This nation of refugees has a historic commitment to champion human rights throughout the world. Yet today, the United Stated finds itself in an awkward alliance with dictators who are estranged from the people they rule.
There are those in Washington who put geopolitics and commercial interests ahead of concern for the suffering of defenseless people. Indeed, some of our leaders are developing a camaraderie with despots who hold their nations in cruel subjugaton.
All presidents have espoused human rights. But not all presidents have put their rhetoric into action. Jimmy Carter made human rights the heart of his foreign policy, but, in the implementation, he was selective and ineffective.
Ronald Reagan, speaking from the heart, promised to use the presidency as a pulpit from which to "point the finger of shame" at the persecution of people anywhere, everywhere. Yet his message has gone largely ignored by the people he has put in charge of foreign policy.
There has been a succession of follies and tradgedies, with a terrible human toll. Here is the record, as compiled by my associate Lucette Lagnado:
In Cambodia, Pol Pot embarked on a rampage of genocide. Yet Jimmy Carter, for all his breast-beating over human rights, twice voted in the United Nations to support the Pol Pot regime. Ronald Reagan, though walking on tiptoe, still remains in Pol Pot's corner. r
In El Salvador, the moderate junta has been unable or unwilling to stop government troops from shooting and shelling innocent civilians. Impartial observers have called it "a blood bath." Yet the Reagan administration has sent armaments and military advisers to instruct the troops how to use the new weapons.
The Chilean secret police carried out a brutal assassination in Washington, yet the dictatorship has refused to extradite the cultprits. Meanwhile, the administration has lifted tha sanctions on Ex-Im Bank loans to Chile and has invited the Chileans to join the U.S. Navy in naval maneuvers.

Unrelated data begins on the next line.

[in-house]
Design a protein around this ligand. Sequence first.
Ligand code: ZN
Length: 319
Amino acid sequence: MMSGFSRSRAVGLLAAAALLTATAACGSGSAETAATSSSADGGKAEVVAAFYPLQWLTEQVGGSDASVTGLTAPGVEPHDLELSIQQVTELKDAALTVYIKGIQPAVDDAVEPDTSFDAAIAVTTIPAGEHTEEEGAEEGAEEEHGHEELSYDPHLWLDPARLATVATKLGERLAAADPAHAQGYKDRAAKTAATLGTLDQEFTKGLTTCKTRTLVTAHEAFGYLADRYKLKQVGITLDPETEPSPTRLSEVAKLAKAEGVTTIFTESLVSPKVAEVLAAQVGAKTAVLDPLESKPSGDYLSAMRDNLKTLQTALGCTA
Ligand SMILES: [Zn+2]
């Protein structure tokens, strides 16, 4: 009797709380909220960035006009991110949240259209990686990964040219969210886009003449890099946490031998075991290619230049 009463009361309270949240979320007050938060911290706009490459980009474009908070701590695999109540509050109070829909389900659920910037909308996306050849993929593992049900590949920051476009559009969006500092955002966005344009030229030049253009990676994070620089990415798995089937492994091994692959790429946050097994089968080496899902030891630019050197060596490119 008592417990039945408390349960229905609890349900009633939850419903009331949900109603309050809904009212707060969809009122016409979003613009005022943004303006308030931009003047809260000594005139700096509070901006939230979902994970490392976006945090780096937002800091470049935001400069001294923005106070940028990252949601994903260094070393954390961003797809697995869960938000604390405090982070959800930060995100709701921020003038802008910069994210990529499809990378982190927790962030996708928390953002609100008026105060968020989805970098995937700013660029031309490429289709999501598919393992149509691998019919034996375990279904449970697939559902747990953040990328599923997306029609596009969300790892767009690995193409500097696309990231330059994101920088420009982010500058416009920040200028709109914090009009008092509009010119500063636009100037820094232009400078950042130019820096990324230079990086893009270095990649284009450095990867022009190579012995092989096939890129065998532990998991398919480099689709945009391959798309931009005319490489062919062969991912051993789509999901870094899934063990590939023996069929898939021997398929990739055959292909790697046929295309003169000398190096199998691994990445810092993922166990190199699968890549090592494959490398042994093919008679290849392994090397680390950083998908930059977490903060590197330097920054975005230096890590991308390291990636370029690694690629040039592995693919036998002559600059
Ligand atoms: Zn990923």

In the Soviet Union, a massive crackdown has been reported on political dissidents. The violence in Afghanistan also goes on. Yet the Reagan administration has ended the grain embargo and is preparing for business-as-usual with the Russians.
In Pakistan, dictator Mohammed Zia ul-Haq is trying to save his shaky regime by purging the opposition. More than 1,000 political dissidents have been arrested since the first of the year. Nevertheless, the administration is preparing a hugh military-economic aid package.
The State Department has accused four nations of harboring terrorists: Libya, Iraq, Syra and South Yemen. Yet Carter invited Libyan diplomats into the Oval Office after the intercession of his brother, Billy. Although Reagan has now ordered the Libyans out of the country, his administration has agreed to sell Boeing 747s and 727s to Iraq. These can be converted into military transports.
South Africa has perpetuated harsh racial policies, the most recent manifestations being a raid against blacks in Mozambique and the shutdown of two black newspapers. Yet various spokesmen have declared it is the intention of the Reagan administration to improve relations with South Africa.
There have been arbitrary arrests and mysterious disappearances among critics of themilitary regime in Argentina. Amnesty International has disputed reports that the disappearances have ended. The Reagan administration, nevertheless, has offered to lift the ban on U.S. aid.
Reagan is a good-hearted man who is grieved by human suffering. But to stop the oppression, he favors a "quiet diplomacy" that has become so quiet it has encouraged the oppressors.